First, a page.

Can Hyperacusis be Treated?

Man troubled by bothersome noises holding hands over his ears to block them out.

One way your body delivers information to you is through pain response. It’s an effective method though not a really enjoyable one. When your ears begin to feel the pain of a very loud megaphone next to you, you know damage is taking place and you can take steps to move further away or at least cover your ears.

But, despite their marginal volume, 8-10% of people will feel pain from low volume sounds as well. Hearing specialists refer to this condition as hyperacusis. This is the medical term for overly sensitive ears. There’s no cure for hyperacusis, but there are treatments that can help you get a handle on your symptoms.

Elevated sensitivity to sound

Hyperacusis is a hypersensitivity to sound. Usually sounds within a particular frequency cause episodes of hyperacusis for individuals who suffer from it. Quiet noises will often sound very loud. And loud noises sound even louder.

nobody’s quite certain what causes hyperacusis, though it’s often linked to tinnitus or other hearing problems (and, in some instances, neurological issues). When it comes to symptoms, intensity, and treatment, there’s a noticeable degree of personal variability.

What’s a typical hyperacusis response?

Here’s how hyperacusis, in most situations, will look and feel::

  • You will notice a certain sound, a sound that everyone else perceives as quiet, and that sound will sound very loud to you.
  • You might experience pain and buzzing in your ears (this pain and buzzing may last for days or weeks after you hear the original sound).
  • You may also experience dizziness and difficulty keeping your balance.
  • The louder the sound is, the more intense your response and pain will be.

Treatments for hyperacusis

When you have hyperacusis the world can become a minefield, particularly when your ears are very sensitive to a wide range of frequencies. Your hearing could be assaulted and you could be left with an awful headache and ringing ears anytime you go out.

That’s why it’s so important to get treatment. You’ll want to come in and consult with us about which treatments will be your best option (this all tends to be quite variable). The most popular options include the following.

Masking devices

One of the most commonly used treatments for hyperacusis is something called a masking device. This is a device that can cancel out specified wavelengths. So those offending frequencies can be removed before they make it to your ears. If you can’t hear the triggering sound, you won’t have a hyperacusis episode.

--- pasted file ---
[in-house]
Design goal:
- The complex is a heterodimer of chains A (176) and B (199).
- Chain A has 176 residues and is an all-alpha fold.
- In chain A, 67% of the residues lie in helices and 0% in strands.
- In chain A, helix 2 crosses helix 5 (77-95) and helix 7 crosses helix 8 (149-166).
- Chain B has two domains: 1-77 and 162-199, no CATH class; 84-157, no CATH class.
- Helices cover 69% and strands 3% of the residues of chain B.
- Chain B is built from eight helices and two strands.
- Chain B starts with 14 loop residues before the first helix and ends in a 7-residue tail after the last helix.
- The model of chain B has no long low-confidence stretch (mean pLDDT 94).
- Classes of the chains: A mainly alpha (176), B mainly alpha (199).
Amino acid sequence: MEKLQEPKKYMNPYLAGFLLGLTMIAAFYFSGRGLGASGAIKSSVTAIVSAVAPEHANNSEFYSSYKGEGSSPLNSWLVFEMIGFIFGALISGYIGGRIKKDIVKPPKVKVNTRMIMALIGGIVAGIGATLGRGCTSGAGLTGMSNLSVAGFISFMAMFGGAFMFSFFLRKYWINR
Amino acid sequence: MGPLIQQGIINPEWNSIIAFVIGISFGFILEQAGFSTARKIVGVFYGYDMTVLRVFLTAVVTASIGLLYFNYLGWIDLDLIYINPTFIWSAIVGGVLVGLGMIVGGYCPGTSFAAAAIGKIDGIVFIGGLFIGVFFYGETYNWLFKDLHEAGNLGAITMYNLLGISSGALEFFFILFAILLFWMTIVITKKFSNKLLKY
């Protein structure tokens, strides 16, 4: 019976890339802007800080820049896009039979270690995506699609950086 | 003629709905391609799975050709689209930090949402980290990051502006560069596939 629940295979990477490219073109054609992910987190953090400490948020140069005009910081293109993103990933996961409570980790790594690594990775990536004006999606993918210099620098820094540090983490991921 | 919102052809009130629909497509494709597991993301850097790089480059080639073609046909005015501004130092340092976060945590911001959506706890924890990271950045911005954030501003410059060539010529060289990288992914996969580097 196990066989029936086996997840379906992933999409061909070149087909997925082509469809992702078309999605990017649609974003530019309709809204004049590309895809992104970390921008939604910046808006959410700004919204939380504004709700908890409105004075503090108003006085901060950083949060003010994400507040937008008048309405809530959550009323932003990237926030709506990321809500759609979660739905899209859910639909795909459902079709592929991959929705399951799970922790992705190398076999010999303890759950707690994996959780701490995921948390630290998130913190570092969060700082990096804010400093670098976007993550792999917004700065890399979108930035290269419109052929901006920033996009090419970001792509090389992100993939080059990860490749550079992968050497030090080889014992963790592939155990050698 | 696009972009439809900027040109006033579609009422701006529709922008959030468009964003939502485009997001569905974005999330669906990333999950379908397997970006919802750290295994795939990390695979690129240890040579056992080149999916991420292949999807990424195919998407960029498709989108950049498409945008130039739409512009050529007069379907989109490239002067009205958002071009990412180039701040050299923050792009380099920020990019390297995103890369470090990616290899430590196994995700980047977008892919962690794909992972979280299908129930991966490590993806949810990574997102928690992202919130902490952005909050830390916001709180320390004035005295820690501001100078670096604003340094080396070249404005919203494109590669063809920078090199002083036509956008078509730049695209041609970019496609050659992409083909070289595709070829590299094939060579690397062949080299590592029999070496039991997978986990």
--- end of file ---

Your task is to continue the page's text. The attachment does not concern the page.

Earplugs are a less state-of-the-art play on the same basic approach: you can’t have a hyperacusis episode if you can’t hear… well, anything. There are definitely some disadvantages to this low tech method. Your overall hearing issues, including hyperacusis, could worsen by using this approach, according to some evidence. Consult us if you’re thinking about wearing earplugs.

Ear retraining

One of the most thorough methods of managing hyperacusis is known as ear retraining therapy. You’ll try to change the way you react to specific types of sounds by utilizing physical therapy, emotional counseling, and a combination of devices. The concept is that you can train yourself to dismiss sounds (kind of like with tinnitus). This process depends on your dedication but usually has a positive rate of success.

Less prevalent strategies

Less prevalent approaches, like ear tubes or medication, are also used to treat hyperacusis. Both of these approaches have met with only varying results, so they aren’t as commonly used (it’ll depend on the person and the specialist).

A huge difference can come from treatment

Because hyperacusis has a tendency to vary from person to person, an individual treatment plan can be developed depending on your symptoms as you experience them. There’s no single best approach to managing hyperacusis, it really depends on finding the right treatment for you.

The site information is for educational and informational purposes only and does not constitute medical advice. To receive personalized advice or treatment, schedule an appointment.